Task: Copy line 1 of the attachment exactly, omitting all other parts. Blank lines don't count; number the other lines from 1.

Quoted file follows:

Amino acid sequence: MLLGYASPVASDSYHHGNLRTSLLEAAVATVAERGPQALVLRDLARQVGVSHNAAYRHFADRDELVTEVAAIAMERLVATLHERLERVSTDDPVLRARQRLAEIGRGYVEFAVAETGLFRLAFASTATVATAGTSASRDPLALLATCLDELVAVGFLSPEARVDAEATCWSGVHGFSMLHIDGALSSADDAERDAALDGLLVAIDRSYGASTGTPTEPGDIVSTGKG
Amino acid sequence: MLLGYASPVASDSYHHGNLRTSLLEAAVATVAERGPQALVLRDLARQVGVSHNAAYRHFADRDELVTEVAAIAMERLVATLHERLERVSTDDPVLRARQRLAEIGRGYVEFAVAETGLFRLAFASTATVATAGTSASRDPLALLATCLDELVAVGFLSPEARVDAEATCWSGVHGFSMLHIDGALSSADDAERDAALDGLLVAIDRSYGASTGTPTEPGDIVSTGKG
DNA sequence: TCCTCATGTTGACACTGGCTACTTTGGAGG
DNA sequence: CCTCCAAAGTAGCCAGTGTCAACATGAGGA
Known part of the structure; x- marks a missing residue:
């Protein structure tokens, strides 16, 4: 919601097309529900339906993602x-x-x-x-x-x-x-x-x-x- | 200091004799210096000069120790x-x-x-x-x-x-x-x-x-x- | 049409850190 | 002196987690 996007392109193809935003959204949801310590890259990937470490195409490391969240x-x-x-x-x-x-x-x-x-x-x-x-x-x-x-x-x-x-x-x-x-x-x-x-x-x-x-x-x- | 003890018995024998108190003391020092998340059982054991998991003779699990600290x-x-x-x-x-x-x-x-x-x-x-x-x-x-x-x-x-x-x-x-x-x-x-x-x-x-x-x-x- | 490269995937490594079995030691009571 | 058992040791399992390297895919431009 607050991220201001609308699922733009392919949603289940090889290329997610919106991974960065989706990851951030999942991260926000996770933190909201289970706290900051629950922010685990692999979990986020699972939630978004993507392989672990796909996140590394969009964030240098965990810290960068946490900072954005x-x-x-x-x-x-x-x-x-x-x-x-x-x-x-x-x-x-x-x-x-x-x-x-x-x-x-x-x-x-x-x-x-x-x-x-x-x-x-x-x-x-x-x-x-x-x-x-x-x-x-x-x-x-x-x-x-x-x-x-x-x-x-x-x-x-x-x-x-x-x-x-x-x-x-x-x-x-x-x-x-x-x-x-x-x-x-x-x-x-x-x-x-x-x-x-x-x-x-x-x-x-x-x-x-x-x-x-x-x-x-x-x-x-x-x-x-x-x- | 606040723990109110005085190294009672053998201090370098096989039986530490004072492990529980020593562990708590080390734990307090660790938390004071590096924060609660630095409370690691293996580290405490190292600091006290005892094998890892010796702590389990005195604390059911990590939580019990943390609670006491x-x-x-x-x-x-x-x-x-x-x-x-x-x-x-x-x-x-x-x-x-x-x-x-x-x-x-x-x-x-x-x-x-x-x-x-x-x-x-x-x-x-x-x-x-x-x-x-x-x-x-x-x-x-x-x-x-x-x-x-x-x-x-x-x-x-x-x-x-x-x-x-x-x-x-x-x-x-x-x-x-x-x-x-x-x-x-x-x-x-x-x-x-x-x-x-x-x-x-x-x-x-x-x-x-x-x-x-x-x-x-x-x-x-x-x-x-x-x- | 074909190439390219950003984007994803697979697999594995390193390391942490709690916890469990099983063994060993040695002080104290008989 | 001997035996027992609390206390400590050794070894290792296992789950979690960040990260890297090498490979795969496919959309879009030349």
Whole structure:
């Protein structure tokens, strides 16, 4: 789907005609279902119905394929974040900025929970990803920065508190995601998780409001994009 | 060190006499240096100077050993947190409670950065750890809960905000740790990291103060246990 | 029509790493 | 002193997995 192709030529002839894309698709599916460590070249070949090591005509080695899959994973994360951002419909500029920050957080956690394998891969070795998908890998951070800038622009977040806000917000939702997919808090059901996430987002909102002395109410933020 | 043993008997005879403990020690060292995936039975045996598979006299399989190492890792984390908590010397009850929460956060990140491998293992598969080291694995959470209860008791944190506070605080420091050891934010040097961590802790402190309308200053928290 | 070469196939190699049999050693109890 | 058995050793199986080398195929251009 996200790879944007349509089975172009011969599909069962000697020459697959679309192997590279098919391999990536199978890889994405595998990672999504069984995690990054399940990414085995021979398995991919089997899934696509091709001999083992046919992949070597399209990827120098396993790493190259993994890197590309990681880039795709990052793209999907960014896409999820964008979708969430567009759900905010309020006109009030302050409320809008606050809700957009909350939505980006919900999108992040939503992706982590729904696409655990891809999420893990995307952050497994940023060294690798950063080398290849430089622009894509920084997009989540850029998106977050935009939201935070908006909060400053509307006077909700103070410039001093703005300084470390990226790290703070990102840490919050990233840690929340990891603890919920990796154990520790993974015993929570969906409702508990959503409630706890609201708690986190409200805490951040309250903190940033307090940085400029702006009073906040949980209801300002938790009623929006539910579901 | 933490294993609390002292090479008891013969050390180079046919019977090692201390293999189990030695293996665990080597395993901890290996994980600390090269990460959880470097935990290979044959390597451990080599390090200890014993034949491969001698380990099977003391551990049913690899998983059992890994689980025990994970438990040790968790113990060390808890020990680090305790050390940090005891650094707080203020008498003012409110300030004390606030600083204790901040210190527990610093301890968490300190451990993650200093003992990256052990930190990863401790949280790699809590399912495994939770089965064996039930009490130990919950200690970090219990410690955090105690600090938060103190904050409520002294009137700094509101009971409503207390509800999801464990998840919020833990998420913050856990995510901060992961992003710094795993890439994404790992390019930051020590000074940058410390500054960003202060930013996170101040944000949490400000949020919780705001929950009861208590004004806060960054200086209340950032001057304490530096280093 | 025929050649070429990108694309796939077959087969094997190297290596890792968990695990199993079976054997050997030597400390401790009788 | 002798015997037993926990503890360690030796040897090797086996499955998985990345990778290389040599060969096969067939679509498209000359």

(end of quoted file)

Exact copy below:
Amino acid sequence: MLLGYASPVASDSYHHGNLRTSLLEAAVATVAERGPQALVLRDLARQVGVSHNAAYRHFADRDELVTEVAAIAMERLVATLHERLERVSTDDPVLRARQRLAEIGRGYVEFAVAETGLFRLAFASTATVATAGTSASRDPLALLATCLDELVAVGFLSPEARVDAEATCWSGVHGFSMLHIDGALSSADDAERDAALDGLLVAIDRSYGASTGTPTEPGDIVSTGKG